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KAI FA-50, HAL Tejas Compete for Malaysian FLIT/LCA Tender

Yulian Ardiansyah - : May 14, 2022 - : 6:13 pm

Korea Aerospace Industries (KAI)’s FA-50 Block 20 and Hindustan Aeronautics Limited (HAL)’s Tejas seem to be the two remaining candidates for Royal Malaysian Air Force (RMAF)’s Fighter Lead-In Aircraft/Light Combat Aircraft (FLIT/LCA) acquisition program.

While the FLIT/LCA program initially caught the interest of several other aircraft makers, only KAI and HAL agreed on two separate occasions last year regarding the method of payment as specified in the program. It’s worth noting that the total value of the program is MYR4 billion (about USD909.5 million) of which half will be paid with commodities such as palm oil and its downstream products.

The RMAF’s FLIT/LCA program is meant to replace the service’s aging Hawk 108/208 trainer/light attack aircraft that have been in service since the 1990s. The program calls for the acquisition of 18 supersonic aircraft with aerial refueling capability, Beyond Visual Range (BVR) combat, and contain at least 30% of parts that are produced in Malaysia. It also requires the manufacturer to start delivery within 36 months of the contract signing.

FA-50 Block 20 is a further development of KAI’s T-50 trainer aircraft. The two-seater trainer/light combat aircraft has a maximum speed of Mach 1.5, a service ceiling of about 48,000 ft (14,630 meters), and a maximum range of 1,851 km. With a standard armament of a three-barreled 20 mm cannon with 205 rounds, it also has seven hardpoints for air-to-air and air-to-ground armament with a maximum carrying capacity of 3,740 kg.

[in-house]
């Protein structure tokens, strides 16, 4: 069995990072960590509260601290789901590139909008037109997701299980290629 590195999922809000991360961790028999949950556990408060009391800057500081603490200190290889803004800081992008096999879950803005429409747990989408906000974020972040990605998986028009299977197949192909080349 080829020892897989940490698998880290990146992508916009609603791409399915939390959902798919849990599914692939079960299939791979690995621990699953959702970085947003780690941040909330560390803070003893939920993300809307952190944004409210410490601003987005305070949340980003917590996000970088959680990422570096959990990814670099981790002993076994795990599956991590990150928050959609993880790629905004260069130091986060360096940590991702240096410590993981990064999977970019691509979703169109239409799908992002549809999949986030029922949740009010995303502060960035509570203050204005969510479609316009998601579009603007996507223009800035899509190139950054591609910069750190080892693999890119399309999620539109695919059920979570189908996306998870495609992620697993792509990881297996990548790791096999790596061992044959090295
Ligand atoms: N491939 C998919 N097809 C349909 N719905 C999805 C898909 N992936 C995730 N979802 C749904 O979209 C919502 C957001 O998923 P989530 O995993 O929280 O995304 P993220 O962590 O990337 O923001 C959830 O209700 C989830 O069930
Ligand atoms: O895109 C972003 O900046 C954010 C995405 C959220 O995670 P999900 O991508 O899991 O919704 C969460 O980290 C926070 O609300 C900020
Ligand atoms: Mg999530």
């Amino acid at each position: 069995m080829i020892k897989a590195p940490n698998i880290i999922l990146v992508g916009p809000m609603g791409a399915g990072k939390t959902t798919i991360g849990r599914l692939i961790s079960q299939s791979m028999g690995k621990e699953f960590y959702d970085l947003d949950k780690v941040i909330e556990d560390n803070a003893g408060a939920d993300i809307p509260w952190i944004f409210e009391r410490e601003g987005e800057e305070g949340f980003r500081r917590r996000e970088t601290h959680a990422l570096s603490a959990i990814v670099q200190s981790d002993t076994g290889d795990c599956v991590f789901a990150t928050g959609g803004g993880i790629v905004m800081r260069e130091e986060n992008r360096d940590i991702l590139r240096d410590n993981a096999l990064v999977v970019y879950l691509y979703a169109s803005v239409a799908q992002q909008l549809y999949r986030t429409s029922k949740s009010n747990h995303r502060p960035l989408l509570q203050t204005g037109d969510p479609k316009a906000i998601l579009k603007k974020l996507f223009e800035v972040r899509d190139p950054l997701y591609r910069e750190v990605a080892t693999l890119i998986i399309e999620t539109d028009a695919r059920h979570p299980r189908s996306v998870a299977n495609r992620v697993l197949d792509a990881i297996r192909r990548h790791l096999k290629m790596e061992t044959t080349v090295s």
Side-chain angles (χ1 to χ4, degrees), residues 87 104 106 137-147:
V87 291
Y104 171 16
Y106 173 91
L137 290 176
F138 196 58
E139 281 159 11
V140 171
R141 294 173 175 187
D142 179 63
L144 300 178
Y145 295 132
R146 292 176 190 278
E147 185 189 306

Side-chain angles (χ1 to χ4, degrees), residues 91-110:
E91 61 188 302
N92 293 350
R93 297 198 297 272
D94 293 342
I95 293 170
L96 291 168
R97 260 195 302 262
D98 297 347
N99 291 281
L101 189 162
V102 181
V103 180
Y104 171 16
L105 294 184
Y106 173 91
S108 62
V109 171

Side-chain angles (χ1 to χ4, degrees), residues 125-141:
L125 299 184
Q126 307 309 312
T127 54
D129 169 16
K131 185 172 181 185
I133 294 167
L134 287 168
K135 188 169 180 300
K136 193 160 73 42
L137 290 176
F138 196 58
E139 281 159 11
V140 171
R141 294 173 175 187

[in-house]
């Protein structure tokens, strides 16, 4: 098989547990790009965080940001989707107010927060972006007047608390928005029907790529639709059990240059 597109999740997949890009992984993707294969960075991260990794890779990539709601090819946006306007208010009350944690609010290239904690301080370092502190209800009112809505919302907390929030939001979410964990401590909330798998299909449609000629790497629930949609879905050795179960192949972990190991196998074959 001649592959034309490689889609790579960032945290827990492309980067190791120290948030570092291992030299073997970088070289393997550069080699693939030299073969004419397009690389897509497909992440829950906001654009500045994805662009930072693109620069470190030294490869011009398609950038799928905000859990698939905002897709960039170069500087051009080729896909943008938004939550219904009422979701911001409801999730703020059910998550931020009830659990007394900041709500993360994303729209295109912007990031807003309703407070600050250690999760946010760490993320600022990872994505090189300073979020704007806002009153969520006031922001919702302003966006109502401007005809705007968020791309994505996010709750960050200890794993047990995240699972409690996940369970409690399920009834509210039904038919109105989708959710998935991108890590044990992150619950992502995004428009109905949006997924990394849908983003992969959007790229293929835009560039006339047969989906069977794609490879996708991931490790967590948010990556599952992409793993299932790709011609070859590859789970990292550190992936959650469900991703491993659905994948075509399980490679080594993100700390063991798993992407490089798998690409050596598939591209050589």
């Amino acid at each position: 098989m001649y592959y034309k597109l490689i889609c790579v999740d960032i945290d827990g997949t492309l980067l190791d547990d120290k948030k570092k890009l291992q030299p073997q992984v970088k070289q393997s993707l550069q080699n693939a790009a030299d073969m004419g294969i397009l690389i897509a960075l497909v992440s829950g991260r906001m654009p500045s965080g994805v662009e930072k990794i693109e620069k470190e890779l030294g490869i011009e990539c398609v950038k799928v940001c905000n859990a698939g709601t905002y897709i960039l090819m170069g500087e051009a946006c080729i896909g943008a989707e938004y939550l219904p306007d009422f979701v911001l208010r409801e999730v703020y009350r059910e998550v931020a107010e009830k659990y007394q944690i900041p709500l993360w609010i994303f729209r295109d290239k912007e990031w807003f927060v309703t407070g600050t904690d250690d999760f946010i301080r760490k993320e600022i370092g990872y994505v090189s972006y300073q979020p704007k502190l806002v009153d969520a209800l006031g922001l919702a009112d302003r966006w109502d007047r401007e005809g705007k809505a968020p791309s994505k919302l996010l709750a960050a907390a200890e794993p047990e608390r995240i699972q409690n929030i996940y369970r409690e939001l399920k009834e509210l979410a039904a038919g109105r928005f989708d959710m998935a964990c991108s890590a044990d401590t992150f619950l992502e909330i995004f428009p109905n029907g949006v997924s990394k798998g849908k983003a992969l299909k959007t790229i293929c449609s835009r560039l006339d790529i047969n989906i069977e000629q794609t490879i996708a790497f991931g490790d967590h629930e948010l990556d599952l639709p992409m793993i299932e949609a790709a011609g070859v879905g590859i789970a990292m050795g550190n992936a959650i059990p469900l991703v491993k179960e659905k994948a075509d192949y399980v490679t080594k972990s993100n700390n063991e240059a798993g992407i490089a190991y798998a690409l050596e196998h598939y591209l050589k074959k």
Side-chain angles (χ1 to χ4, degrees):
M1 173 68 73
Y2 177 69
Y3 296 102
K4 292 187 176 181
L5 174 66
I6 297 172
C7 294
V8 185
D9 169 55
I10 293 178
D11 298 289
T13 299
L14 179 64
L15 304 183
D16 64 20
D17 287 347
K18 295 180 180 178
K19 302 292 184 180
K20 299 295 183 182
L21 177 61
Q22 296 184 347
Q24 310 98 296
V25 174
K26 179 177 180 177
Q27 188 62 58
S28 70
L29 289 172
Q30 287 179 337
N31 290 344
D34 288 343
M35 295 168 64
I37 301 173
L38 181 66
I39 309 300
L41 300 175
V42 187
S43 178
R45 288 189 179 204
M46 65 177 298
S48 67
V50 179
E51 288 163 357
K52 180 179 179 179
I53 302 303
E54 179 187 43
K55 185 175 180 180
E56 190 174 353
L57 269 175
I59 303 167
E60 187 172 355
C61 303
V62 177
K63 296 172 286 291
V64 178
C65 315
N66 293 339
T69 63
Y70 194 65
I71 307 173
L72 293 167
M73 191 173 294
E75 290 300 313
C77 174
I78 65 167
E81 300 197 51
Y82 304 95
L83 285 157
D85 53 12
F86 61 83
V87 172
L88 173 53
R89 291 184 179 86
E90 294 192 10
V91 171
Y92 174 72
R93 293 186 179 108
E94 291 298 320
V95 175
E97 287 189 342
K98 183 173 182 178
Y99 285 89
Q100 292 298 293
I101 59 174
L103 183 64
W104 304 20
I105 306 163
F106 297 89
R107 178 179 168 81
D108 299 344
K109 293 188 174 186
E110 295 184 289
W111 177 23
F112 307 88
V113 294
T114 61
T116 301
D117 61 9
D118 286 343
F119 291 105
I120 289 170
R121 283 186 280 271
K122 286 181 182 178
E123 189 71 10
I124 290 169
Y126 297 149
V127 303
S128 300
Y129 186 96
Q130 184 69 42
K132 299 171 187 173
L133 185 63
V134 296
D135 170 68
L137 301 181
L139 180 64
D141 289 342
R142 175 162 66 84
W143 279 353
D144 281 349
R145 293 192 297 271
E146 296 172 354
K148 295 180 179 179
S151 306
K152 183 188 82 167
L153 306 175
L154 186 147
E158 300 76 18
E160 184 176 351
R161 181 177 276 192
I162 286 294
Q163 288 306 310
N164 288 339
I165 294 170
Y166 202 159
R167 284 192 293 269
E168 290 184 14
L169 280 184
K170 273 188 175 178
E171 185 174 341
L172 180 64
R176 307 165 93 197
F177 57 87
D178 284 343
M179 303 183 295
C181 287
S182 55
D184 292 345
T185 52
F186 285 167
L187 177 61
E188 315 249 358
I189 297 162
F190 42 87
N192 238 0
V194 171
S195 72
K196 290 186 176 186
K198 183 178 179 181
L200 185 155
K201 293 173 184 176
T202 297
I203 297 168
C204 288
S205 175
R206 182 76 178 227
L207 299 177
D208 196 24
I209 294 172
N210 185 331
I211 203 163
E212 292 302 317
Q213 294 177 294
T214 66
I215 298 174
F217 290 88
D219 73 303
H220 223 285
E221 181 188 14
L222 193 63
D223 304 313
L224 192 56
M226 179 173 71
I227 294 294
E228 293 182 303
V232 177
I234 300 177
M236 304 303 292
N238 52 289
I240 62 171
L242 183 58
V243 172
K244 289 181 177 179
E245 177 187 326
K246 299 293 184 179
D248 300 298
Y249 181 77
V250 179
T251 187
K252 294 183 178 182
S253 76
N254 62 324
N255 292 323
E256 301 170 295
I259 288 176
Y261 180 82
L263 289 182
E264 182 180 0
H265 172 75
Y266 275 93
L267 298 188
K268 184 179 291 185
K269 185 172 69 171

KAI’s T-50 and its variants have been used operationally by the South Korean Air Force (Republic of Korea Air Force/ROKAF) since 2005. The T-50 family of aircraft also has been exported to five countries including Indonesia, the Philippines, and Thailand in the South East Asia region

HAL Tejas is an Indian single-seater light multirole fighter with a tailless delta-wing configuration that entered active service in the Indian Air Force (IAF) in 2015. The aircraft, including its two-seater trainer variant, has a maximum speed of about Mach 1.6, a 53,500 ft (16,300 meters) service ceiling, and a maximum range of 1,850 km. In addition to its standard armament of a twin-barreled 23 mm cannon, it also has eight hardpoints for various air-to-air and air-to-ground weapons with a maximum carrying capacity of 5,300 kg.

IAF is currently the sole operator of Tejas and has received about 40 from a total of 123 Tejas of all variants that have been ordered.


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